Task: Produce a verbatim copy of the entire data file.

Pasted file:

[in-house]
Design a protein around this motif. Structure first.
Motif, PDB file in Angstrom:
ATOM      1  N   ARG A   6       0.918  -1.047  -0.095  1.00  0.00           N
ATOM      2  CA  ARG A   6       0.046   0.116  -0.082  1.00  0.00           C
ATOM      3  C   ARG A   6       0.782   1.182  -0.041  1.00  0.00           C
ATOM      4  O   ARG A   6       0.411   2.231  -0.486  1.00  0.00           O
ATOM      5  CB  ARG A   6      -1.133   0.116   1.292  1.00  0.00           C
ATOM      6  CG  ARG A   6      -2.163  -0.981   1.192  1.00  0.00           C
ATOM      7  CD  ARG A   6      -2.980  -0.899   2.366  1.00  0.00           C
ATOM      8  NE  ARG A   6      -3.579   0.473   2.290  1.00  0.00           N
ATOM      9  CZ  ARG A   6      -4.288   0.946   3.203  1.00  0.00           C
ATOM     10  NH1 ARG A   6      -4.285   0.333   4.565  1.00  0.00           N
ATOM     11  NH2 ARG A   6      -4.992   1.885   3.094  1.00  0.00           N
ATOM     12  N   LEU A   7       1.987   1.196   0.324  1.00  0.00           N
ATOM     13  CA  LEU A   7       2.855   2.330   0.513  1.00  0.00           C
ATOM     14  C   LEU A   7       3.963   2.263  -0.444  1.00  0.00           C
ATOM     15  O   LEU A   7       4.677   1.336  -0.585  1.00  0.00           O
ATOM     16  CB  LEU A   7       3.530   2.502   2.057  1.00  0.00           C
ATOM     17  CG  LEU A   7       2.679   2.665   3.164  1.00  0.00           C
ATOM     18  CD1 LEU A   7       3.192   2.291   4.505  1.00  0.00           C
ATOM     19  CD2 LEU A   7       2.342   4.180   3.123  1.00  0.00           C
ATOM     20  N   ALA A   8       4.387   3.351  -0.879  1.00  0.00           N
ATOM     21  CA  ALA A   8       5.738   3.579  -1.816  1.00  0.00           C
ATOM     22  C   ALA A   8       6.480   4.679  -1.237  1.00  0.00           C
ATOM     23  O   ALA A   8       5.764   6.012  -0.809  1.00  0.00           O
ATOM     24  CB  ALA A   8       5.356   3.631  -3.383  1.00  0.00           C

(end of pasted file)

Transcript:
[in-house]
Design a protein around this motif. Structure first.
Motif, PDB file in Angstrom:
ATOM      1  N   ARG A   6       0.918  -1.047  -0.095  1.00  0.00           N
ATOM      2  CA  ARG A   6       0.046   0.116  -0.082  1.00  0.00           C
ATOM      3  C   ARG A   6       0.782   1.182  -0.041  1.00  0.00           C
ATOM      4  O   ARG A   6       0.411   2.231  -0.486  1.00  0.00           O
ATOM      5  CB  ARG A   6      -1.133   0.116   1.292  1.00  0.00           C
ATOM      6  CG  ARG A   6      -2.163  -0.981   1.192  1.00  0.00           C
ATOM      7  CD  ARG A   6      -2.980  -0.899   2.366  1.00  0.00           C
ATOM      8  NE  ARG A   6      -3.579   0.473   2.290  1.00  0.00           N
ATOM      9  CZ  ARG A   6      -4.288   0.946   3.203  1.00  0.00           C
ATOM     10  NH1 ARG A   6      -4.285   0.333   4.565  1.00  0.00           N
ATOM     11  NH2 ARG A   6      -4.992   1.885   3.094  1.00  0.00           N
ATOM     12  N   LEU A   7       1.987   1.196   0.324  1.00  0.00           N
ATOM     13  CA  LEU A   7       2.855   2.330   0.513  1.00  0.00           C
ATOM     14  C   LEU A   7       3.963   2.263  -0.444  1.00  0.00           C
ATOM     15  O   LEU A   7       4.677   1.336  -0.585  1.00  0.00           O
ATOM     16  CB  LEU A   7       3.530   2.502   2.057  1.00  0.00           C
ATOM     17  CG  LEU A   7       2.679   2.665   3.164  1.00  0.00           C
ATOM     18  CD1 LEU A   7       3.192   2.291   4.505  1.00  0.00           C
ATOM     19  CD2 LEU A   7       2.342   4.180   3.123  1.00  0.00           C
ATOM     20  N   ALA A   8       4.387   3.351  -0.879  1.00  0.00           N
ATOM     21  CA  ALA A   8       5.738   3.579  -1.816  1.00  0.00           C
ATOM     22  C   ALA A   8       6.480   4.679  -1.237  1.00  0.00           C
ATOM     23  O   ALA A   8       5.764   6.012  -0.809  1.00  0.00           O
ATOM     24  CB  ALA A   8       5.356   3.631  -3.383  1.00  0.00           C